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Weatherford Criminal Defense Law Blog

You should seek help if you're facing a DWI

You weren't expecting to get pulled over when you were out for the night. The policeman who stopped you claimed that you had been driving erratically, but you didn't think that was the truth. Despite that, you listened as they said what they needed to and even gave them a breath sample willingly.

What you were surprised to find out is that your blood alcohol concentration was at .06%, even though you'd stopped drinking a few hours ago. Still, the legal limit is .08%, so you're safe against penalties, right?

Defend yourself against methamphetamine charges

Methamphetamine is a strong drug that has highly addictive properties. It stimulates the central nervous system and, in the short term, can cause wakefulness and decreased appetite. It can also cause negative side effects such as increased blood pressure and rapid or irregular heartbeats.

Unfortunately, methamphetamine does affect the brain's dopamine levels. It causes dopamine to release rapidly, which gives off a sense of well-being and triggers a reward response in the body. This leads to addiction by making the user want to repeat the experience.

Texas can sometimes forgive and totally forget your crime

A criminal record can follow you the rest of your life, taking a toll on your wellbeing long after you’ve made amends with victims and your community, paid your fine and did your time. And if you were wrongly convicted, you still paid the price.

Under some circumstances, your arrests, charges and convictions can be totally erased from your record as if they never happened. You can even legally deny they happened at all.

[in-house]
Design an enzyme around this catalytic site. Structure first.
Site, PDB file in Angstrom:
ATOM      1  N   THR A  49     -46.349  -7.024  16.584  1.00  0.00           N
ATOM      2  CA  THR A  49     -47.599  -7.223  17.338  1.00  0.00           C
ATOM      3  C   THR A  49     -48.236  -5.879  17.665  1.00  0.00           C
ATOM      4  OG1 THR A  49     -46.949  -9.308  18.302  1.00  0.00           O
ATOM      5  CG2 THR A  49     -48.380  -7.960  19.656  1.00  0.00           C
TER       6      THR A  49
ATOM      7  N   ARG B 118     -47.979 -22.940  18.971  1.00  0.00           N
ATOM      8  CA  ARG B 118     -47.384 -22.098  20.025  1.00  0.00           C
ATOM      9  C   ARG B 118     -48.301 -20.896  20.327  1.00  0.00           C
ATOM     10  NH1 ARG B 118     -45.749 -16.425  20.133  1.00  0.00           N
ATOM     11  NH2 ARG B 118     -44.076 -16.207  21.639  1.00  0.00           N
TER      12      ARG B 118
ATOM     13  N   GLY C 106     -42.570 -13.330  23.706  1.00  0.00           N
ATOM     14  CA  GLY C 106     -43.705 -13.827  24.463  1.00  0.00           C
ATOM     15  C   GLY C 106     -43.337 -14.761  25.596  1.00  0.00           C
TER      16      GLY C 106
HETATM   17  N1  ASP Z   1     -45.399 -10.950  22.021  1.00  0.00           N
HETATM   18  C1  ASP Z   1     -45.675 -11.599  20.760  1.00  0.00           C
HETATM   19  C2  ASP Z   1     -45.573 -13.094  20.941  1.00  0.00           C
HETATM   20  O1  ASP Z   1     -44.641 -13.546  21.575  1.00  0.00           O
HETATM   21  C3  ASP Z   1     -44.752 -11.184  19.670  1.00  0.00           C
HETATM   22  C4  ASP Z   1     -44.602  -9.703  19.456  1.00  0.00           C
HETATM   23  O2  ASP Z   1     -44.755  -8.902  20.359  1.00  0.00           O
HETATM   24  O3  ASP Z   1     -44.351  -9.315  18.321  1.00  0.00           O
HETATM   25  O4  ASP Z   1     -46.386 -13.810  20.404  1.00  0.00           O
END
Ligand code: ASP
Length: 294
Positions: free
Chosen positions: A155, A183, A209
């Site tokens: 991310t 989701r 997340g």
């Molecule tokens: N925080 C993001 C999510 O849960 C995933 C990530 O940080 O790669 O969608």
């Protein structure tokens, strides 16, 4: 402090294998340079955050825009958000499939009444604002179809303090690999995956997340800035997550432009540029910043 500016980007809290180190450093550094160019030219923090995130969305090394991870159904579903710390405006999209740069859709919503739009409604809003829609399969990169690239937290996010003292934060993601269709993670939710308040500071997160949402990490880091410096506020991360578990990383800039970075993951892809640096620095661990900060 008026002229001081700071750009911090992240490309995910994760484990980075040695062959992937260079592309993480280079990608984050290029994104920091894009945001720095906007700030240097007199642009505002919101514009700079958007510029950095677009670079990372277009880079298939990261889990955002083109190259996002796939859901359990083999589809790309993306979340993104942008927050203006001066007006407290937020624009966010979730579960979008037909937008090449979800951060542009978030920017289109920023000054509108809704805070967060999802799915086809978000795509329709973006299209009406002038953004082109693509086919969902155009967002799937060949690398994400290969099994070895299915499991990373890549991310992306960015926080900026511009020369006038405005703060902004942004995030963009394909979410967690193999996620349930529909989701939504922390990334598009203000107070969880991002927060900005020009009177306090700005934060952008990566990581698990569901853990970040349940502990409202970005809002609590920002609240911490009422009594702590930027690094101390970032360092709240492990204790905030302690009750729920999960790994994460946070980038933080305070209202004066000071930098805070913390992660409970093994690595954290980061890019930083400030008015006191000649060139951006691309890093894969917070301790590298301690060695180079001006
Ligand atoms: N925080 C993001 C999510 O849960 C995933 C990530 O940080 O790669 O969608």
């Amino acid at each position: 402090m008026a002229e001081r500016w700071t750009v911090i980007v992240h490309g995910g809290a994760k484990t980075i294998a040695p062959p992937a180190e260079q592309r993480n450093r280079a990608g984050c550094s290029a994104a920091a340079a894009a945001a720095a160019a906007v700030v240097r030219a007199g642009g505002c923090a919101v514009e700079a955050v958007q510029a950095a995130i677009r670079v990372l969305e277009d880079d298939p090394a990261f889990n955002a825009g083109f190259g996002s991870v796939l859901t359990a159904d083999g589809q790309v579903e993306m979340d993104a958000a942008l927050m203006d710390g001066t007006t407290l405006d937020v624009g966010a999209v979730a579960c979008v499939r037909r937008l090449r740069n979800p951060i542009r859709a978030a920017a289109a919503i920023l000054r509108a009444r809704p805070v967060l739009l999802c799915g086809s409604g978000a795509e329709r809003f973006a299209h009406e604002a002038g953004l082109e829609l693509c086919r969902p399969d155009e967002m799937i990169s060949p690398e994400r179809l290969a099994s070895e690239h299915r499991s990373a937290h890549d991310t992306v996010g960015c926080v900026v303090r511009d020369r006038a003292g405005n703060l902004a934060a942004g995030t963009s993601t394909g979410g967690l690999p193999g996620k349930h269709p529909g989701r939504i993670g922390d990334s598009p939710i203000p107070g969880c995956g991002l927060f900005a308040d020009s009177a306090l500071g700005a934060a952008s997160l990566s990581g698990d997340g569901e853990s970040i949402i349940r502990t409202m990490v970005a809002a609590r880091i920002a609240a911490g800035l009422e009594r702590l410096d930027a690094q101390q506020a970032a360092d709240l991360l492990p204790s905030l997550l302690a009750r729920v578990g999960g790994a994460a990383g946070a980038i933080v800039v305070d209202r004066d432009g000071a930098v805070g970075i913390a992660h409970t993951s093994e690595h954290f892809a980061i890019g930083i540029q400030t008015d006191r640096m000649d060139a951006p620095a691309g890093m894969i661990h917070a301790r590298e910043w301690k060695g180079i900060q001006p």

Texas marijuana laws remain strict

Marijuana laws are constantly changing. Pot is legal in 10 states and in the District of Columbia, and legalization is on the docket in even more jurisdictions. According to a recent poll, 60 percent of Americans support marijuana’s legalization, and 63 percent of respondents think that people convicted of marijuana possession should have it expunged from their records.

While states around the country are decriminalizing and legalizing recreational marijuana, Texas laws regarding cannabis are still harsh. Sentencing guidelines include jailtime, steep fines and mandatory minimums.

Penalties for subsequent DWIs

Just about everyone has been there: it’s late, you’ve been out with friends, you’re pretty sure you’ll be fine to drive home. You get behind the wheel and before you know it there are flashing lights in your rear view mirror. The major rub here, though, is that this is not the first time it has happened.

In an earlier blog we discussed what happens after you are pulled over for a suspected DWI. This time we will be talking about the repercussions for anyone who already has one or more DWI charges under their belt. This is how subsequent charges will affect them.

What happens after you’re pulled over for DWI in Texas?

Nobody tries to get a DWI, but sometimes, people make mistakes. You may have felt okay to drive, until you saw the flashing lights in your rearview mirror. Now that you are charged with DWI, you may wonder what happens next. Here is what you need to know about being charged with a DWI in Texas.